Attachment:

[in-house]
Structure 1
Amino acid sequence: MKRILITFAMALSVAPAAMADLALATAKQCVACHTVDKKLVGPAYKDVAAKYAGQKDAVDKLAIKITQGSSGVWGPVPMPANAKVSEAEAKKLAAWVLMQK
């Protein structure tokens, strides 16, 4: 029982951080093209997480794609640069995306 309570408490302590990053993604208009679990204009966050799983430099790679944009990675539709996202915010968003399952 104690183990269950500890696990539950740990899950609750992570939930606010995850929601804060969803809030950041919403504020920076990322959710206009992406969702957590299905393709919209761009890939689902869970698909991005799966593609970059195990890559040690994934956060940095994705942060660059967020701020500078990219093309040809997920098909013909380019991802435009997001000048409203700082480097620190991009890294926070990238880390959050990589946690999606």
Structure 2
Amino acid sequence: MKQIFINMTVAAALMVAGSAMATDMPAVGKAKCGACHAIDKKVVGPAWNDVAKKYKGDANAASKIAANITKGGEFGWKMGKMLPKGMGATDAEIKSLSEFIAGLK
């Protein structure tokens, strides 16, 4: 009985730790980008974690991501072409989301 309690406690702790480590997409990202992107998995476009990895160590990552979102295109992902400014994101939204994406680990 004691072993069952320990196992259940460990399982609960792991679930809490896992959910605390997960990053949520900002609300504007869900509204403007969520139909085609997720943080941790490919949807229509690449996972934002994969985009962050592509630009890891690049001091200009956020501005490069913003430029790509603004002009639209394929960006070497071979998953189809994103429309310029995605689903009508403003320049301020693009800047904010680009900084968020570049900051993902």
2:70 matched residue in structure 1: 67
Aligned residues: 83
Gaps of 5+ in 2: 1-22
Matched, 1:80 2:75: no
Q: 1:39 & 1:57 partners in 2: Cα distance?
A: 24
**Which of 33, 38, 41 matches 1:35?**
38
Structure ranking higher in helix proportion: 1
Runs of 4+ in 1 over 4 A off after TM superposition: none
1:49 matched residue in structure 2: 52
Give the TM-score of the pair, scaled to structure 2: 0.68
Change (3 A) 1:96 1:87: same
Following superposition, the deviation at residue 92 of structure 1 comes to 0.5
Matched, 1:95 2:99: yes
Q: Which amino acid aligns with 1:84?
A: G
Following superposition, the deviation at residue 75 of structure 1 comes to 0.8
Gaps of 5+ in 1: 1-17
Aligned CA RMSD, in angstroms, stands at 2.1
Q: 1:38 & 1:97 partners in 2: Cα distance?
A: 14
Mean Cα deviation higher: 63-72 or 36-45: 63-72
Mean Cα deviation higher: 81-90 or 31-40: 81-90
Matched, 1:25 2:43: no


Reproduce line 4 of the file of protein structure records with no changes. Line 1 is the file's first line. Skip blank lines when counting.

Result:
């Protein structure tokens, strides 16, 4: 029982951080093209997480794609640069995306 309570408490302590990053993604208009679990204009966050799983430099790679944009990675539709996202915010968003399952 104690183990269950500890696990539950740990899950609750992570939930606010995850929601804060969803809030950041919403504020920076990322959710206009992406969702957590299905393709919209761009890939689902869970698909991005799966593609970059195990890559040690994934956060940095994705942060660059967020701020500078990219093309040809997920098909013909380019991802435009997001000048409203700082480097620190991009890294926070990238880390959050990589946690999606």